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Multi-pronged Tobacco Control Measures Proven Effective Tobacco Tax Rise and Stringent Enforcement against Illicit Cigarettes Encourage Smoking Cessation
A recent report claimed that illicit cigarettes proliferated in Hong Kong due to the tobacco tax increases introduced in Hong Kong in 2009 and 2011 and the strength of enforcement of the Hong Kong Customs and Excise Department against cigarette smuggling. Hong Kong Council on Smoking and Health (COSH) expressed reservations on the methodology and results of this tobacco industry-funded report.

Ms Lisa LAU, Chairman of COSH reiterated, “The primary and ultimate goal of increasing tobacco tax is to encourage smokers to kick the habit which is proven to be effective in Hong Kong. Nearly one fifth of successful quitters gave up smoking on their own accord because tobacco products are too expensive. There is no causal link between tobacco tax rise and proliferation of illegal cigarettes.” Ms Lau said, the tobacco industry and its allies always express strong opposition against tobacco tax increase under the pretext that it will lead to a surge in cigarette smuggling activities. But such statement stands without acceptable reasoning and evidence support.

As recommended by WHO, the most effective measure against smuggling is tight control and aggressive enforcement. COSH is glad to see the efficacy of the Hong Kong Customs and Excise Department’s stringent enforcement against illicit cigarette activities on all fronts. Following the success of the one-month operation which cracked down 18 illicit cigarette storage points last month, the Customs smashed six more illicit cigarette storage points in the one-week special operation and successfully combatted at the source on Saturday, 12 October 2013 in which a cross-boundary vehicle used for conveying illicit cigarettes was seized. About 3.3 million sticks of illicit cigarettes were seized, the total market value of the haul was about HK$8.1 million. According to the Customs, a total of 65 million sticks of illicit cigarettes for local market were seized in the first nine months this year, representing an increase of more than 30% when compared to the same period last year. These operations and figures showed the effectiveness of enforcement strategy and determination of the Customs against illicit cigarette activities to protect government revenue and public health.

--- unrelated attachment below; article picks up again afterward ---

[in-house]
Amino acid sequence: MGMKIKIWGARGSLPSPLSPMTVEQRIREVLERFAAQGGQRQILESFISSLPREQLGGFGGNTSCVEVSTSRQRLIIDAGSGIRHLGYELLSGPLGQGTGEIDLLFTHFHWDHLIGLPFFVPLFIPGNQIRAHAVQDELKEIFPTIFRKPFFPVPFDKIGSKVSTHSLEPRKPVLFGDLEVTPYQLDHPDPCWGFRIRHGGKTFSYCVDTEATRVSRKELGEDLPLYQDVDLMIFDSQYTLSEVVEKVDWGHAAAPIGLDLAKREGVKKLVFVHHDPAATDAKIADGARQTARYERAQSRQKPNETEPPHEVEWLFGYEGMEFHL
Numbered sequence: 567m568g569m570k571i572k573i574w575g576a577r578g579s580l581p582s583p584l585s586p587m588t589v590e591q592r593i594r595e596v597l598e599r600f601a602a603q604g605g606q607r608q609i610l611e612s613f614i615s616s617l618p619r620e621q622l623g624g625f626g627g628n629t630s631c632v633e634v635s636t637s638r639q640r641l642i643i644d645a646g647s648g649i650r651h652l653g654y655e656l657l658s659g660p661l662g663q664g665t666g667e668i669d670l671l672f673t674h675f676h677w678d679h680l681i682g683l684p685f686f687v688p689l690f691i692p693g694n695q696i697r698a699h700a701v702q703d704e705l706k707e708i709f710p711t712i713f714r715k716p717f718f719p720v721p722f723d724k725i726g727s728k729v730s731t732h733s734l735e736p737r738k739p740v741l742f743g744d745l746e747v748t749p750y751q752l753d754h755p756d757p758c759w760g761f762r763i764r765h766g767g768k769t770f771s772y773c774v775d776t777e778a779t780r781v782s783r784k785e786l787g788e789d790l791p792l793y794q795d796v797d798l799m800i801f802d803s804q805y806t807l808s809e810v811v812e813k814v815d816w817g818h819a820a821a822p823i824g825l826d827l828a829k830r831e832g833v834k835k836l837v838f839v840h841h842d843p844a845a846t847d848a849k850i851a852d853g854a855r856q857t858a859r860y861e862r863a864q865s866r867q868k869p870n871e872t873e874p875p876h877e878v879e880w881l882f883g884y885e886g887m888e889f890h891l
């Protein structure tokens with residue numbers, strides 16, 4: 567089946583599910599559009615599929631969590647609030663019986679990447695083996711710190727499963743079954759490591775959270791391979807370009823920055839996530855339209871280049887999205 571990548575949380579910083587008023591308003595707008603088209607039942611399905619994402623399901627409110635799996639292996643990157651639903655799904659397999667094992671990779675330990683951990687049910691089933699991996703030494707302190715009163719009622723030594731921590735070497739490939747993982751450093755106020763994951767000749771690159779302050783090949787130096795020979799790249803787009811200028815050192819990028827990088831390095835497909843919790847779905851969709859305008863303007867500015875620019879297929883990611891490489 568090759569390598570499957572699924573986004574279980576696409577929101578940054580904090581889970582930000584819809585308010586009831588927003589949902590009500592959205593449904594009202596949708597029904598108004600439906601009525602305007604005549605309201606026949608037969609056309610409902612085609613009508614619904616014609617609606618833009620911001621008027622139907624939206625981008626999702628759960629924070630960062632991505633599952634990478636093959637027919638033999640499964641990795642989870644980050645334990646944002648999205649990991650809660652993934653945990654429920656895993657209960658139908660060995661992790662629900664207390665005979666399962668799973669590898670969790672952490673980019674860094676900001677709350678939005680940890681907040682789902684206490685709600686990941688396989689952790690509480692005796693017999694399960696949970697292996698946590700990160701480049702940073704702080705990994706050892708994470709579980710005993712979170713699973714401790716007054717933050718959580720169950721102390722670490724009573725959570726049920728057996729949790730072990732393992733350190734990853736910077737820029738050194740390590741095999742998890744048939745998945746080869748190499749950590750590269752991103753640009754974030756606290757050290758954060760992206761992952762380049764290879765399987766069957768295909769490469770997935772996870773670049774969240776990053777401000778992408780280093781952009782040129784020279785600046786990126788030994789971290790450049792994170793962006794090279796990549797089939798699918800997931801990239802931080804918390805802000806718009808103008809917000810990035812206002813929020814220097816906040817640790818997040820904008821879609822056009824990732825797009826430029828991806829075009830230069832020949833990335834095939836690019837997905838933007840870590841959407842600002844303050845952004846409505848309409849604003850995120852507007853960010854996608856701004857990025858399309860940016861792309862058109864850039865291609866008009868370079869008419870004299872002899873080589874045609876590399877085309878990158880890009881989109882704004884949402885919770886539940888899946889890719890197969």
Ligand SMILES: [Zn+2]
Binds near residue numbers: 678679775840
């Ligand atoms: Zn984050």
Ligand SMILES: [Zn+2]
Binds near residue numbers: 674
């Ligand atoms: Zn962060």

Whenever there is price difference with other regions, not limited to cigarette products, it is lucrative for smuggling. It explains why cigarette smuggling is also found in countries with low tobacco tax, like Malaysia (tax accounts 53.7% of retail price) and Vietnam (tax accounts 41.59% of retail price). It is related to the strength of law enforcement, coordination of tracking system and effectiveness of penalty. The most effective way to tackle the problem of cigarette smuggling at the root is to strengthen law enforcement and publicity, and educate the public on the illegitimacy of illicit cigarettes.

Increase in tobacco tax is one of the proven effective measures in tobacco control. According to the World Bank, every 10% increase in the price of a packet of cigarettes would result in a 4% decrease in tobacco consumption in high-income regions like Hong Kong. Tobacco tax in Hong Kong is accounted for only 65% to 68% of the cigarette retail price, which is below the standard suggested by WHO (at least 70%). Comparing to other Asia-pacific countries, like Singapore, Thailand and New Zealand, and the EU countries, whose tobacco tax is over 70%, tobacco tax in Hong Kong is lenient and cigarette price is relatively cheap. There is room for tobacco tax increment in Hong Kong.

Each year, smoking causes nearly 6,000 deaths in Hong Kong and additional 1,324 non-smokers died from secondhand smoke, as well as HK$5.3 billion economic loss. To save lives, the Government should implement a progressive and long-term tobacco tax increment policy and strengthen the smoking cessation services to help smokers quit smoking and protect public health.

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